"I’m from the National Rifle Association, Mr. Duke! And I was going to make you an offer…”

"The N.R.A.? Now, wait a minute, perhaps I was being a little hasty…”
"You…you know our work?”

"Know it? Hell, I’ve supported it for years! These are repressive times, Mr. Springfield!”

"And how! Even as we speak, new gun laws are being prepared by liberals and their ilk!”

"What? Liberals? Their ilk? You’ve seen them?”

"The erosion of freedom is not a pretty sight, Mr. Duke.”

And that’s merely one strip from nearly two hundred pages of three strips apiece. Setting, action, snappy dialogue. As with most of "Doonesbury” the pictures are almost incidental. A nifty five-inch figure complete with martini glass and Uzi comes bubble-packed with the book.

Where would Hunter S. Thompson would be today if it weren’t for Uncle Duke keeping his persona in the public eye on the editorial pages of hundreds of newspapers? Would he be some lonely guy on a ramshackle farm in Colorado, waiting for the royalty checks from Curse of Lono to arrive? In a perfect world, Duke would have been an unplanned collaboration between Thompson and Trudeau, with the fantasy and the fact mirroring the other. What do you do though, when the cartoon shows more life than the reality?

—Darrel A. Plant

And yes, I’ve still got both books.

Fly Me Through the Moon

In a post to Dir3d-l, the ever-helpful Toxi provides code on one way to handle camera movement in both 2D and 3D:

>>I want to implement flying from a bird’s eyepoint over a 3D landscape
>>as an animation (not user controlled). Basically I need to move the
>>camera within predetermined paths, right? Now, what is the sanest way to
>>impelement this? Has anyone done this?
> Your best bet is probably a Catmull-Rom spline: give it a number of control
> points and it makes a nice curved path between them. Here’s the code for
> drawing one into an image object – hopefully the translation into a camera
> movement should be obvious enough

i’d say so too… i’ve written a generic CR class i’ve used for a randomized camera fly-through in a game. the code is based on some java source and supports both bezier & CR type curves in 2d or 3d:

1) define the curve vertices
2) set t=0

then every frame do:

3) set camerapos to gSpline.calcCPoint(t)
4) camera.pointat(gSpline.calcCPoint(t+step_speed))
5) set t=t+step_speed

hth! k.

Spell Check

From the DevNet Resource Kit, Volume 10 description of the WA Auto Spell Check extension for Dreamweaver MX2004 (emphases added):

A single typo can turn the most professional-looking web page into an amateur production. With WA Spell Check, you catch your mistakes immediately and correct them with a click. This extension integrates completely with the built-in and personal dictionaries of Dreamweaver MX 2004, and it provides full international support. WA Auto Spell Check is a real timesaverand an on-the-job lifesaver:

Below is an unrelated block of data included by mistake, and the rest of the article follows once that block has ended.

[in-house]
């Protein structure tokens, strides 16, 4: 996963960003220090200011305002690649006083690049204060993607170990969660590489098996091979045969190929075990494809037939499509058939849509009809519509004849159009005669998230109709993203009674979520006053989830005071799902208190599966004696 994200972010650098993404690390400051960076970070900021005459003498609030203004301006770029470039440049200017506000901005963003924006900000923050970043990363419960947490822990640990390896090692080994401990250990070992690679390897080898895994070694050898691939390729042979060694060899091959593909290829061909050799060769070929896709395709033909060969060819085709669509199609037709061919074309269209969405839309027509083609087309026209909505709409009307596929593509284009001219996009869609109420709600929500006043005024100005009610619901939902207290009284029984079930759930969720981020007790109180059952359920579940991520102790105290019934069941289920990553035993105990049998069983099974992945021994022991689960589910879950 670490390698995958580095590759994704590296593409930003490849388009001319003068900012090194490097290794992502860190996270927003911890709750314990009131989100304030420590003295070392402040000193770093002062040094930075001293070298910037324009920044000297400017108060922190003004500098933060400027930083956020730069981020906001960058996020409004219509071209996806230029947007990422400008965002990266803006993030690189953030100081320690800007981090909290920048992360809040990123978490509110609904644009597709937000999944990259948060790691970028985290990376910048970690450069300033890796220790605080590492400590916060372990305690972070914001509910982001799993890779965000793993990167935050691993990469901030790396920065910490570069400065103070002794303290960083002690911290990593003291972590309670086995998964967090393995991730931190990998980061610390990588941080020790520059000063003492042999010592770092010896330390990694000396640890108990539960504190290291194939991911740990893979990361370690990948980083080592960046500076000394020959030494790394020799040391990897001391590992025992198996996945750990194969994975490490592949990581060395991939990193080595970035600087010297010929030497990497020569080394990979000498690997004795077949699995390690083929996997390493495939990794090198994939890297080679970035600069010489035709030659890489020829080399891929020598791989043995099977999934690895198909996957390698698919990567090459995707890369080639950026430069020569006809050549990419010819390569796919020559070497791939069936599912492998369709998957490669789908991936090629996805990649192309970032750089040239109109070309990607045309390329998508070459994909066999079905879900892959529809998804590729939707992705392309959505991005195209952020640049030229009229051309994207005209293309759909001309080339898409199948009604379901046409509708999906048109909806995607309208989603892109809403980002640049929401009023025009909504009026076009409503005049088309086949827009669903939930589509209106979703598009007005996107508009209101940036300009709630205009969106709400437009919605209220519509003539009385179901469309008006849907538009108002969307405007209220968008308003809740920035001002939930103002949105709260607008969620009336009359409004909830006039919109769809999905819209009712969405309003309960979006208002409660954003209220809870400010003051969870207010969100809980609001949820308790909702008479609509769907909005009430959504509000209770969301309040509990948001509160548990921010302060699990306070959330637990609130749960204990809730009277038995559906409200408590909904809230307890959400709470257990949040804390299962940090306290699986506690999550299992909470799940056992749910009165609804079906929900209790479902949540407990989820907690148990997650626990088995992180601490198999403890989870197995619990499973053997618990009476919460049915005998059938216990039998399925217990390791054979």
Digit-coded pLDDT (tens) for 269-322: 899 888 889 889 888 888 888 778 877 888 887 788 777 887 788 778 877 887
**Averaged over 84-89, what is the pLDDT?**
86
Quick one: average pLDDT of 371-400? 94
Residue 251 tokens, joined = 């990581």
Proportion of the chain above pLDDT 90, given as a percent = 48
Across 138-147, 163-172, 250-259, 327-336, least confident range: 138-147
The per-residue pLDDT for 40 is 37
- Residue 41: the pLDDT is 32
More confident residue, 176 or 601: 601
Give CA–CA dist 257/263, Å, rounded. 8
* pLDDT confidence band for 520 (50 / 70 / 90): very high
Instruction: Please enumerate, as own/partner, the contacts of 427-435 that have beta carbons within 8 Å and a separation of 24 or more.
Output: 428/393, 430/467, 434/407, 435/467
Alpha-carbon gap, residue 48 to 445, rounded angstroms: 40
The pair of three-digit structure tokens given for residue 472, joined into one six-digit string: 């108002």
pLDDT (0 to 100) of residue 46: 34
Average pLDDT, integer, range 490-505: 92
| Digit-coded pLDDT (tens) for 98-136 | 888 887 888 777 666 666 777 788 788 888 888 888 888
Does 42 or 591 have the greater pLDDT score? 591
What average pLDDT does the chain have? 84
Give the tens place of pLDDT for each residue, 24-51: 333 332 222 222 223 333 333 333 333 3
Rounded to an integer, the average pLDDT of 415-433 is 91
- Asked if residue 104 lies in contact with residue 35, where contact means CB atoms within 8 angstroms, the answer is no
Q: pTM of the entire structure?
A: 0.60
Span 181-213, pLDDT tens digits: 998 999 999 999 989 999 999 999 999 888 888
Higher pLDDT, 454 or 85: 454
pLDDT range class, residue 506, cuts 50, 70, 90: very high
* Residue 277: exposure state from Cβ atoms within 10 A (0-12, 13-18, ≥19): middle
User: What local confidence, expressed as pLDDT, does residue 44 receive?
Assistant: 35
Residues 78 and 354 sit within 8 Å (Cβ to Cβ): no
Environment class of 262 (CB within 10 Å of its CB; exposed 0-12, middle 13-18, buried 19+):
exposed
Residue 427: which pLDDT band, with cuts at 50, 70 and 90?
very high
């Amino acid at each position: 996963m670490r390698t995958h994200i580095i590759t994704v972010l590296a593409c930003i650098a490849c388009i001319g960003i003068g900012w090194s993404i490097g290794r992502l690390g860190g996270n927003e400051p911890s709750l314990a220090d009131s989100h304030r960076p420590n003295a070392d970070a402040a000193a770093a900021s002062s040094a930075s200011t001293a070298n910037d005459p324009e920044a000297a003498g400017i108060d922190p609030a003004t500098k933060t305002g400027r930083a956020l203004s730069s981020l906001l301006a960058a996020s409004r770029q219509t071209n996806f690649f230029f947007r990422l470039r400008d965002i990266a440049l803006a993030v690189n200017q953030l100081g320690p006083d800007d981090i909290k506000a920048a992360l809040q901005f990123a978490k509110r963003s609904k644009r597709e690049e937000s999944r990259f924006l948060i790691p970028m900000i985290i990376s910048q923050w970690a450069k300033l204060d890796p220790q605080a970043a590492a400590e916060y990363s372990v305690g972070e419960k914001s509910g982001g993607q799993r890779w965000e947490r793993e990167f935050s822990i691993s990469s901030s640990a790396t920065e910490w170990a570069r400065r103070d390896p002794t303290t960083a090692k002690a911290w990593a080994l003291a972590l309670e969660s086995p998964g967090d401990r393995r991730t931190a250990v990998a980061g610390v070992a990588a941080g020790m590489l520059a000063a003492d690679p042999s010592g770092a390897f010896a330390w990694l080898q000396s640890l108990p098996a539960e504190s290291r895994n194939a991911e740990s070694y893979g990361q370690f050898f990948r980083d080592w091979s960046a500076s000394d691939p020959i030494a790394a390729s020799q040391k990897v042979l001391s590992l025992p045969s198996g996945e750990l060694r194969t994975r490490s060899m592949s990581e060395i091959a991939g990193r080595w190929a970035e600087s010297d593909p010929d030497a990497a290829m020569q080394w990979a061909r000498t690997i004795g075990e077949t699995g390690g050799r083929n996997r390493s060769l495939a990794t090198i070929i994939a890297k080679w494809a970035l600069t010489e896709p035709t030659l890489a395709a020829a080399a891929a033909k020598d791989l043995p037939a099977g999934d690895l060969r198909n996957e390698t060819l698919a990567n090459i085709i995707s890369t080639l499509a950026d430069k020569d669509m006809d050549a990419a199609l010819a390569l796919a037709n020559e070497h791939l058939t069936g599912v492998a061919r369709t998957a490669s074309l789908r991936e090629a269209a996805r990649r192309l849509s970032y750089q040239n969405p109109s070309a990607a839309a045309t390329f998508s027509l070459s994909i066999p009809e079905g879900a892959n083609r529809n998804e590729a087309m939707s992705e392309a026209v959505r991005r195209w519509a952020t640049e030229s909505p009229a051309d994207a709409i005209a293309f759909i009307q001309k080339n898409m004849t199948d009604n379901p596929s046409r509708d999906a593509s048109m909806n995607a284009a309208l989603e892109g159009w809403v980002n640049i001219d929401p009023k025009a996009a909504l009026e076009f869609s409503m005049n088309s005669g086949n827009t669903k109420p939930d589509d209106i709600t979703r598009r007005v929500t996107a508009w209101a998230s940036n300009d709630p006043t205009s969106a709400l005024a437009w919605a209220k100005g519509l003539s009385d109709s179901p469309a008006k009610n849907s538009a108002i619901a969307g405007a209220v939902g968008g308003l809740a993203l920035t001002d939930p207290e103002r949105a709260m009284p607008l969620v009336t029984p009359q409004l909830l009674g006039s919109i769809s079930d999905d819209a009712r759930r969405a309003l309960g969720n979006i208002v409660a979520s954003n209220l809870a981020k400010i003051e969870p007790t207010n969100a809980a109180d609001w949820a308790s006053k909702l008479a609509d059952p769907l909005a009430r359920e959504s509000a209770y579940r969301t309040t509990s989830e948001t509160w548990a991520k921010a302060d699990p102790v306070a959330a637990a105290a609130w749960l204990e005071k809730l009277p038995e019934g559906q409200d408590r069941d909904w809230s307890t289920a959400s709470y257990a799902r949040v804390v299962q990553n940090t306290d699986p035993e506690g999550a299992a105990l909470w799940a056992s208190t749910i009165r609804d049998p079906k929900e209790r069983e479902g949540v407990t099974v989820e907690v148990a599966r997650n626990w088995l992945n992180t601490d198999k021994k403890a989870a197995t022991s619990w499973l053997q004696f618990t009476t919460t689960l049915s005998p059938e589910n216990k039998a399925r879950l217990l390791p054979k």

Java 3D Processing Examples

In the thread “OT: java3d” on Dir3d-l, Thomas Williams of biomorphica posted a series of interesting links to 3D examples in Java on 06 Feb 2005.

Some other processing 3d links:



Robert Hodgins


Casey Reas

Jared Tarbell

Not-So-Timely ‘Separated At Birth?”

Over at the long-established, they’ve posted a visual comparison of conservative commentator KellyAnne Conway and H.R. Puffnstuff‘s Witchiepoo (Feb. 3, 2005 entry).

It might be entertaining to rack up some other Puffnstuff lookalikes. Doesn’t the Magic Flute remind you a little of NYT columnist David Brooks? Not so much in the silver complexion but in that he’s always alarmed about something and lives in someone’s pocket? Is Hardball‘s Chris Matthews a dead ringer for H.R. hisself?

A Timely ‘Separated At Birth?’

Separated At Birth?: Alberto Gonzalez and Toht, from Raiders of the Lost Ark

Adapted from a version of the screenplay:

Toht, looking in the fire, sneers and shakes his head.

TOHT: Americans!  You’re all alike,  Fraulein Ravenwood.  I’ll show you what I’m used to.

Toht turns from the fireplace.  In his hand is the poker, its end glowing orange.  He advances on Marion.  Marion stops yelling, her eyes widen in terror.

MARION: Wait!  I can be reasonable–

TOHT: That time is passed.

The glowing poker point moves inexorably across the room toward Marion’s face.

MARION: You don’t need that.  I’ll tell you everything!

TOHT: Yes, I know you will.

Correspondent’s Corner on Alterman

Eric Alterman praised a piece on SEIU leader Andy Stern in the New York Times Magazine the same day Dad had brought it up at lunch. Dad had a few things to say about its portrayal of Tom Buffenbarger, the head of the IAMAW, and I passed them on to Mr. Alterman, hardly expecting them to be quoted — in full, so far as I can tell — in his Correspondent’s Corner.